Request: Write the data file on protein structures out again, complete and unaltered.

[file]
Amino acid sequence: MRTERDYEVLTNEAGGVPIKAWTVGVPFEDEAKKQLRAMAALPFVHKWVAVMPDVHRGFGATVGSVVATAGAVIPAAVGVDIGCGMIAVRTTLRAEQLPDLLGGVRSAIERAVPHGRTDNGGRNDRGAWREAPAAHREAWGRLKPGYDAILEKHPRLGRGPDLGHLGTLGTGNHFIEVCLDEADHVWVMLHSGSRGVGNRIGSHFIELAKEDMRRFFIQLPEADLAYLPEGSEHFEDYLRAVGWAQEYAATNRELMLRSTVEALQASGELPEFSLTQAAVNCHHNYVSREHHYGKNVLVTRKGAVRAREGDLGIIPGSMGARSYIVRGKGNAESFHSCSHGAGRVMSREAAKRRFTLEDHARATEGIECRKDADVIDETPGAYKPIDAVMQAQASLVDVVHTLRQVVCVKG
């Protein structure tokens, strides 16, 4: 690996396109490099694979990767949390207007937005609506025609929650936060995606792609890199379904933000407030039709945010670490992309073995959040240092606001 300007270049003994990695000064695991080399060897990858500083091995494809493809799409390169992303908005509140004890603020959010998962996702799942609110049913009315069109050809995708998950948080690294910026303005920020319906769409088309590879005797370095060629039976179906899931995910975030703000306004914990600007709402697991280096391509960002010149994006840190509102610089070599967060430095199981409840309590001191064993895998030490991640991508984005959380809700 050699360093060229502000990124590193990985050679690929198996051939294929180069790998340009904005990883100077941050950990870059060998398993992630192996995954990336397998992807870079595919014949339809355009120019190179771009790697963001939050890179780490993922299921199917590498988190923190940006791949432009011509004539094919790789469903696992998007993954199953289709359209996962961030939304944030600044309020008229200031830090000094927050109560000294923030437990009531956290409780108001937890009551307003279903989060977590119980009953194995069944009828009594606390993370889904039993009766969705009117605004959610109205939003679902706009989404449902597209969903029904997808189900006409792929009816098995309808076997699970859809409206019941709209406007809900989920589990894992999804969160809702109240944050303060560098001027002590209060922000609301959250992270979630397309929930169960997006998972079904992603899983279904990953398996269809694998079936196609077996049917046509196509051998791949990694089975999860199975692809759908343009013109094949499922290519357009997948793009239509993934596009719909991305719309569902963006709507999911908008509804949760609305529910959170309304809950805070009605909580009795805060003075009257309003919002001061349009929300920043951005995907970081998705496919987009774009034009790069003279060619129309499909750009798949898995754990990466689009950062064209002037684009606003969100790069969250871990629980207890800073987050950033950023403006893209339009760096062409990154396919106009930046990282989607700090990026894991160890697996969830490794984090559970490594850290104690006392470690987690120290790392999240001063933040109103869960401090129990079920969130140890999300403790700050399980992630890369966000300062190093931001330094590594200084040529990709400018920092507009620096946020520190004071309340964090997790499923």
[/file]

Amino acid sequence: MRTERDYEVLTNEAGGVPIKAWTVGVPFEDEAKKQLRAMAALPFVHKWVAVMPDVHRGFGATVGSVVATAGAVIPAAVGVDIGCGMIAVRTTLRAEQLPDLLGGVRSAIERAVPHGRTDNGGRNDRGAWREAPAAHREAWGRLKPGYDAILEKHPRLGRGPDLGHLGTLGTGNHFIEVCLDEADHVWVMLHSGSRGVGNRIGSHFIELAKEDMRRFFIQLPEADLAYLPEGSEHFEDYLRAVGWAQEYAATNRELMLRSTVEALQASGELPEFSLTQAAVNCHHNYVSREHHYGKNVLVTRKGAVRAREGDLGIIPGSMGARSYIVRGKGNAESFHSCSHGAGRVMSREAAKRRFTLEDHARATEGIECRKDADVIDETPGAYKPIDAVMQAQASLVDVVHTLRQVVCVKG
């Protein structure tokens, strides 16, 4: 690996396109490099694979990767949390207007937005609506025609929650936060995606792609890199379904933000407030039709945010670490992309073995959040240092606001 300007270049003994990695000064695991080399060897990858500083091995494809493809799409390169992303908005509140004890603020959010998962996702799942609110049913009315069109050809995708998950948080690294910026303005920020319906769409088309590879005797370095060629039976179906899931995910975030703000306004914990600007709402697991280096391509960002010149994006840190509102610089070599967060430095199981409840309590001191064993895998030490991640991508984005959380809700 050699360093060229502000990124590193990985050679690929198996051939294929180069790998340009904005990883100077941050950990870059060998398993992630192996995954990336397998992807870079595919014949339809355009120019190179771009790697963001939050890179780490993922299921199917590498988190923190940006791949432009011509004539094919790789469903696992998007993954199953289709359209996962961030939304944030600044309020008229200031830090000094927050109560000294923030437990009531956290409780108001937890009551307003279903989060977590119980009953194995069944009828009594606390993370889904039993009766969705009117605004959610109205939003679902706009989404449902597209969903029904997808189900006409792929009816098995309808076997699970859809409206019941709209406007809900989920589990894992999804969160809702109240944050303060560098001027002590209060922000609301959250992270979630397309929930169960997006998972079904992603899983279904990953398996269809694998079936196609077996049917046509196509051998791949990694089975999860199975692809759908343009013109094949499922290519357009997948793009239509993934596009719909991305719309569902963006709507999911908008509804949760609305529910959170309304809950805070009605909580009795805060003075009257309003919002001061349009929300920043951005995907970081998705496919987009774009034009790069003279060619129309499909750009798949898995754990990466689009950062064209002037684009606003969100790069969250871990629980207890800073987050950033950023403006893209339009760096062409990154396919106009930046990282989607700090990026894991160890697996969830490794984090559970490594850290104690006392470690987690120290790392999240001063933040109103869960401090129990079920969130140890999300403790700050399980992630890369966000300062190093931001330094590594200084040529990709400018920092507009620096946020520190004071309340964090997790499923």